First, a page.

Even after the death of the revolutionary leader Fidel Castro in November 2016, Cuba is still marked by conservative communist structures. For the majority of Cubans, this continues to mean a life of poverty. In addition, the island nation has suffered from the consequences of severe hurricanes in recent years.
Local churches have not been spared the devastation. In addition to the reconstruction of the church infrastructure, our funding has focused on ensuring the presence of church workers, as well as religious education.
»In times when prospects are dim, the Church is the only reliable hope for many Cubans.«
The situation in Cuba could best be summed up by a continuing lack of prospects. Even after Raúl Castro withdrew from his office as president, no political changes are to be expected. For now, the hopes of many Cubans for a rapprochement with the US, including a relaxation of the economic embargo, have been dashed by the stance of US President Donald Trump. Since the visit of Pope Francis and the Year of Divine Mercy in 2016, the Church in Cuba has at least been able to improve its dialogue with the public authorities. This aspect has given the Church more freedom for its evangelisation efforts.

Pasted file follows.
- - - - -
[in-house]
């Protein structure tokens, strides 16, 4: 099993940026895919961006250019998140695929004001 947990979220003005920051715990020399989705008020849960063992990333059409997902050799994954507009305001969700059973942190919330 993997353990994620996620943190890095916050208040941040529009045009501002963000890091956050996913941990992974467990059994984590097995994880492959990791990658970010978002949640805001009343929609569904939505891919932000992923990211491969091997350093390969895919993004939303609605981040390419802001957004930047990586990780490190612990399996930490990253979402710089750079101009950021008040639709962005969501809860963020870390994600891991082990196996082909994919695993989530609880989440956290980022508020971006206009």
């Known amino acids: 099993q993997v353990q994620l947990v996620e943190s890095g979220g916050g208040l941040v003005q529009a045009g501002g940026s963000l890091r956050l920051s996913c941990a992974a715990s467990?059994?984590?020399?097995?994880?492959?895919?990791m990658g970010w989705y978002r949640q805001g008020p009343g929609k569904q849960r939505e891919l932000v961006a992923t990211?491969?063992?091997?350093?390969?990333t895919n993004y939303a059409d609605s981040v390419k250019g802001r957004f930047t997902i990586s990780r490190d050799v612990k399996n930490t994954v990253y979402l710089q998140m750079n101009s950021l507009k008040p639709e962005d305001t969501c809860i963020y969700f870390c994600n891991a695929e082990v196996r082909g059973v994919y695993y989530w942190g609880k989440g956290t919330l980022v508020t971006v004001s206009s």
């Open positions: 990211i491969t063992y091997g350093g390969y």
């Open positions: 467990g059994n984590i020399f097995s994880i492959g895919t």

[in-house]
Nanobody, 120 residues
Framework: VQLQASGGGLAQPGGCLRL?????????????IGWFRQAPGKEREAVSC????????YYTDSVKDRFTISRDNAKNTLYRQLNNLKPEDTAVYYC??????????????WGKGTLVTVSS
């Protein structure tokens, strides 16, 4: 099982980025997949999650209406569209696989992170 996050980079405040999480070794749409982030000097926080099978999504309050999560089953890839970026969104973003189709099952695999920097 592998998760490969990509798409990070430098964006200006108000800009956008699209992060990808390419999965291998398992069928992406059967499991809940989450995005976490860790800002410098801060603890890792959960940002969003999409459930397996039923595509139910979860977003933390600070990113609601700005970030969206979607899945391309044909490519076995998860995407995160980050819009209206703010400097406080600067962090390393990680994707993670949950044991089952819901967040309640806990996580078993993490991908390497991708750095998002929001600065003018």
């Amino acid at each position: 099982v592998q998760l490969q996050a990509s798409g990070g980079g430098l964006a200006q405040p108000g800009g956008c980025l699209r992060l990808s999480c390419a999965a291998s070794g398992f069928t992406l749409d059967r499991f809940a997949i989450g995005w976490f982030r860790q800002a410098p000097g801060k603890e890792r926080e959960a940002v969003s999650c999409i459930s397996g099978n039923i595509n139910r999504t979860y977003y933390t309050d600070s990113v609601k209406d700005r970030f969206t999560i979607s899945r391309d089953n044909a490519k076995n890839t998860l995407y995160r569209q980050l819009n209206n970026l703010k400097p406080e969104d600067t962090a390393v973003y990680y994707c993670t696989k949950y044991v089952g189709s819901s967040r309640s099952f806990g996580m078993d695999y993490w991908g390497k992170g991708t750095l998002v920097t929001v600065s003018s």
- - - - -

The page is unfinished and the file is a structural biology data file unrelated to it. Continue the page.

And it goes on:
Cuba’s lack of prospects was exacerbated by the destruction of Hurricane Irma, which hit nearly the entire island in September 2017 with storm gusts of more than 250 km/h. The hurricane is considered the most violent storm that the Caribbean has experienced for many years. In many dioceses, the gales caused serious damage, which will present local churches with great challenges for time to come.
With our budget for Cuba, we have supported some of the island’s eleven dioceses with emergency relief measures and co-financed the reconstruction of the ecclesiastical infrastructure. However, urgent investments are also needed for vehicles in the parishes, because these are usually completely outdated. Unfortunately, due to the lack of import permits for new vehicles, no improvement to mobility is currently in sight.